So you made your hard cider and it’s flat. It’s watery. It’s insipid. Don’t despair and don’t throw it out! By doing a little experimentation, tasting, and mathematics, you could transform mediocre cider into something you actually want to drink and learn a little bit about chemistry while you’re at it. Let’s establish our baselines and meet the tools.
Step 1: Know what you have
It’s silly to talk about making adjustments if we don’t know what we’re starting with. Let’s establish our baselines of specific gravity, ABV, and acidity.
Specific gravity is measured using a hydrometer. Put a sample of the finished cider in a test jar and float the hydrometer. A completely fermented cider will read 0.998 S.G. This means that all of the sugar has been converted to alcohol. It also means that there is no residual sugar to make your cider taste sweet. If your reading is above 0.998, there should be some degree of sweetness when you taste the sample.
ABV is calculated by using two SG readings. Use this formula:
Ex. Starting SG = 1.043, Final SG = 0.998
ABV = (1.05/.79)((1.043 – 0.998)/(0.998))*100 = 5.99% ABV
If you didn’t take a starting gravity reading, don’t worry about it. It doesn’t really matter as there’s not much you can do to adjust it at this point. Most hard cider fermented from pressed juice will be around 6% unless sugar is added before fermentation.
Measuring acidity uses some high school chemistry practice. Don’t worry, it’ll be fun! First, get yourself an Acid Test Kit that contains a solution of sodium hydroxide, phenolphthalein reagent, a test tube, and a syringe. You need to use this kind of kit instead of pH strips because we need to know the TA (titratable acidity) to make precise adjustments. The strips will only give you a general idea of how much free hydrogen is in solution and gives no information on what kind of acid it is. TA solves this by making tartaric acid the standard and calculating from there, but I digress. Your kit should come with instructions, but if you need some try these.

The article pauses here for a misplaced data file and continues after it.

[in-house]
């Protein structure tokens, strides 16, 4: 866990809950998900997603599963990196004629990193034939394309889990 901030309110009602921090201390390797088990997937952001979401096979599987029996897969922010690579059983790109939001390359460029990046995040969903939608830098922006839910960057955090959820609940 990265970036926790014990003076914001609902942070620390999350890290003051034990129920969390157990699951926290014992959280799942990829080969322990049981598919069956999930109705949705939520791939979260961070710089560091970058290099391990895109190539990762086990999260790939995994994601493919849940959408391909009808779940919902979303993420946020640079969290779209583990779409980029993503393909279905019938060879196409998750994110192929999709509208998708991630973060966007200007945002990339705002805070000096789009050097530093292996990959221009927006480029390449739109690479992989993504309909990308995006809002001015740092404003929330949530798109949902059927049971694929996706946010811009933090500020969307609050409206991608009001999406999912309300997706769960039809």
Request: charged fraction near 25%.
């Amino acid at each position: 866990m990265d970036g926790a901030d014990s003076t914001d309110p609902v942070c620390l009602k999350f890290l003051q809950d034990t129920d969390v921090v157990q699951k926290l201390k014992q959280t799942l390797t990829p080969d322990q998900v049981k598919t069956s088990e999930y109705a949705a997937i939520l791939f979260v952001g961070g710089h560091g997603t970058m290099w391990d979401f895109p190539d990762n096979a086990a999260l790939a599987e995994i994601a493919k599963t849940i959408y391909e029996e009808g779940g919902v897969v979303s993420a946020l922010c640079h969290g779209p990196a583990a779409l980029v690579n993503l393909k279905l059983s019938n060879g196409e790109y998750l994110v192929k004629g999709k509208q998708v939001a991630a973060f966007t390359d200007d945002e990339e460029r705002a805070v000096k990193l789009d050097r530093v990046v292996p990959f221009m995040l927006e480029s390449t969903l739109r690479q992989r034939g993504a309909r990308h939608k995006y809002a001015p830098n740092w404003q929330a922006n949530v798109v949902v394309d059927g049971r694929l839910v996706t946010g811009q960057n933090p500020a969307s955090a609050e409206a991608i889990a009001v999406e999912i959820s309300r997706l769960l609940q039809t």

For our example, let’s assume that the final SG was 0.998, the ABV was 6%, and the TA was a paltry .30 (actual results from a recent batch).
Step 2: Meet your adjustment toolkit
Now, let’s meet the various chemicals that we can use to really dial-in your cider.
Acids. There are a variety of acids you can use to adjust the TA. The main difference is their typical source, which could make a slight impact on the flavor. Citric (from citrus fruits), tartaric (from grapes), malic (from apples), and acid blends (usually all three in equal amounts) all do approximately the same thing, which is to raise the TA of your cider by .15% when used at the rate of 1 tsp per gallon.
Tannins. Derived from grape skins & seeds, these lend an astringent, drying bitterness and body to your cider. Cider makers will use high-tannin apples or pears in their mix to get the tannins naturally. Those using juices typically chosen for sweet cider may be lacking this component.
Sweeteners. A variety of sweet tasting substances can also be mixed in to raise that final SG. Table sugar, corn sugar, brown sugar, maltodextrin, honey, artificial (a particular favourite for English cider producers), ect will all work just fine. My personal favorite is adding back some unfermented sweet cider. Apple juice will work, as will concentrates. The most important thing to remember is that unless the hard cider has had all of the yeast removed, killed, or otherwise incapacitated, using a fermentable sugar will lead to further fermentation. This category includes glycerine, which sweetens the flavor and fills out the body without being an actual sweetener.
Carbonation. Either derived by yeast action or forced into solution using a kegging setup, the additional carbonic acid combined with the aromatics being hurled at your nose as you sip does wonders for pretty much any cider. It is tricky to make a cider that is both sweet and naturally carbonated, but I’ll share a few ideas later.